2.    Understand that what you are experiencing is an exaggeration of your normal bodily reactions to stress. Slow your breathing. 4 in .... 6 out.

3.     Do not fight your feelings or try to wish them away. The more you are willing to face them, the less intense they will become.

4.     Do not add to your panic by thinking about what “might” happen. If you find yourself saying “what if,” tell yourself “so what!”

5.      STAY IN THE PRESENT. Notice what is really happening to, you as opposed to what you think might happen. Practice long exhalation.

6.     Label your fear level from 0 to 10, and watch it go up or down. Notice that it does not stay at a very high level for very long.

7.     When you find yourself thinking about fear, CHANGE YOUR PRIMARY THOUGHT. Focus on and carry out a simple and manageable task. Drink a glass of water.

8.     Notice that when you stop adding frightening thoughts to your fear, it begins to fade.

9.     When the fear comes, expect it, and accept it. Wait and give it time to pass without running away from it.

10.  If there is residual energy, shake it off. Take a walk, exercise, dance, punch a pillow. Do something physical to release it from your body.
Adapted from the work of J. Wayne Eastlack, PhD.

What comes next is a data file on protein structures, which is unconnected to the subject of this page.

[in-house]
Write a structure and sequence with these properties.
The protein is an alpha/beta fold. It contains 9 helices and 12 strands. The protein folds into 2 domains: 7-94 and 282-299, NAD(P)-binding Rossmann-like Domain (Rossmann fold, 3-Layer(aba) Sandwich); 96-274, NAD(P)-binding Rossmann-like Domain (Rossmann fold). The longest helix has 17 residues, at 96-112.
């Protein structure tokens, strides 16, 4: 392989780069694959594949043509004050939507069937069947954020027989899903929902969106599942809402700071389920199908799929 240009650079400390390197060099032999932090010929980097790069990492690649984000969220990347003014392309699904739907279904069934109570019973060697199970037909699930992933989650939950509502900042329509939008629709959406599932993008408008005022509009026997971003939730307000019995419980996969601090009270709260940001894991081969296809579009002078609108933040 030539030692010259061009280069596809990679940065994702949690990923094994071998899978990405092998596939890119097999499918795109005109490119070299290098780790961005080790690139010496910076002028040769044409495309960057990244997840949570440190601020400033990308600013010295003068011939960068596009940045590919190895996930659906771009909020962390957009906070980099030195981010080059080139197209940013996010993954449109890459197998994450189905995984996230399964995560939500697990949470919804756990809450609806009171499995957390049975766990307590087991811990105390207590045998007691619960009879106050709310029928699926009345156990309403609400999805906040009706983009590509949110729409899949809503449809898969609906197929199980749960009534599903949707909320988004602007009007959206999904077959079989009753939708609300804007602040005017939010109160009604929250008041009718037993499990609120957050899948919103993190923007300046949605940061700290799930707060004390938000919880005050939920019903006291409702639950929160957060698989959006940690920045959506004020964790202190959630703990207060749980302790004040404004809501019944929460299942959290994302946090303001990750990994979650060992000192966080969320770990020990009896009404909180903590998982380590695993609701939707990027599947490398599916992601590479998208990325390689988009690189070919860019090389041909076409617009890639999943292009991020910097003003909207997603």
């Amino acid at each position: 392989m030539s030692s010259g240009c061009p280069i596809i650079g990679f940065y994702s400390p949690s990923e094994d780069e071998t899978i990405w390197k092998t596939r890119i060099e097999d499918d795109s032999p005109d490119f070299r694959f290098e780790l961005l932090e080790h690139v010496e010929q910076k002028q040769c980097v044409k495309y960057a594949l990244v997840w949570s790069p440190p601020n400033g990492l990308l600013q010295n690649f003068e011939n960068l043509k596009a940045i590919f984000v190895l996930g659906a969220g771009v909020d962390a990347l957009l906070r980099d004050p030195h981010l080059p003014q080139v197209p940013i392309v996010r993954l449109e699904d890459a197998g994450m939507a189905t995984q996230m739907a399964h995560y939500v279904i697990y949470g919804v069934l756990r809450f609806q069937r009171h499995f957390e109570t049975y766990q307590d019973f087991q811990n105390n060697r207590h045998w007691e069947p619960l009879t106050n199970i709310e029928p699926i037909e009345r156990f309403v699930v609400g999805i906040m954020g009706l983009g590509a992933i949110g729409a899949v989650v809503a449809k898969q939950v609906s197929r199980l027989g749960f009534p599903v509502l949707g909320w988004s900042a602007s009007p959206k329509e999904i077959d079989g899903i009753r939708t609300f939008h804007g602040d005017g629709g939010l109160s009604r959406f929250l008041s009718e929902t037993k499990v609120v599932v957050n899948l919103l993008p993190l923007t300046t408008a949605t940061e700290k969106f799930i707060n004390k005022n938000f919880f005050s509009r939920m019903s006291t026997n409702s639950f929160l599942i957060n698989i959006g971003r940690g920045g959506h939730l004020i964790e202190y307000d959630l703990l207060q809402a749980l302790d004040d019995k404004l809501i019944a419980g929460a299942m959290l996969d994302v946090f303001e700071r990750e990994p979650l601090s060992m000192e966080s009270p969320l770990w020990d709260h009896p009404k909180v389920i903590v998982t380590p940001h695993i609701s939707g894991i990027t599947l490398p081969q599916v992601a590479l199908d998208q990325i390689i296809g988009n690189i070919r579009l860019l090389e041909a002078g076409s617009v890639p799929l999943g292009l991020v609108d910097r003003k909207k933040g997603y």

by Julia Ingram, M.A.

Download a PDF
Is your relationship unraveling in the pandemic?
Challenges of being together 24/7

We've worked with a lot of couples over the last seven months. The most common complaint? Too much time together. It’s not always great for a relationship. Existing cracks in some relationships have gotten wider, stretching the relationship to the breaking point. Perhaps it is a good time to work on your relationship because there is so much time together. Here are a couple of articles that might give you a start on healing the cracks.

How COVID-19 Affects Marriage—and How to Adapt
Here are three realistic things you can do to make things right.
Apr 27, 2020 Psychology Today

Eight Tips for Avoiding a COVID-19 Divorce
How to keep your relationship healthy while you’re both working remotely.
Mar 26, 2020 Psychology Today

September is Suicide Prevention Month
Helping vulnerable teens and young adults

The Washington State Department of Health Forecast on the Behavioral Health Impacts from COVID-19 lays out a troubling picture of the next three to four months. Cases of COVID infection are expected to peak again—and so are mental health challenges. The report states:
"In Washington, the highest risk of suicide will likely occur between October and December 2020. This is consistent with known cycles of disaster response patterns. Seasonal Affective Disorder (SAD) worsens mental health challenges at this time of year due to increased hours of darkness and inclement weather. Winter holidays can also worsen mental health challenges for many people, as they are often an emotionally and financially difficult time of year.” PDF of full report

The rates of suicide and suicidal thinking in teenagers are  on the rise. With the loss of so many things that teenagers depend upon for emotional health, their thoughts can get pretty dark and their coping skills for this kind of situation are limited.
It is important for parents to pay close attention and open the conversation before things get serious. If you have any concerns that your child may be thinking of suicide—ask. Be gentle and direct: "Are you having thoughts about self-harm or suicide?" Then listen.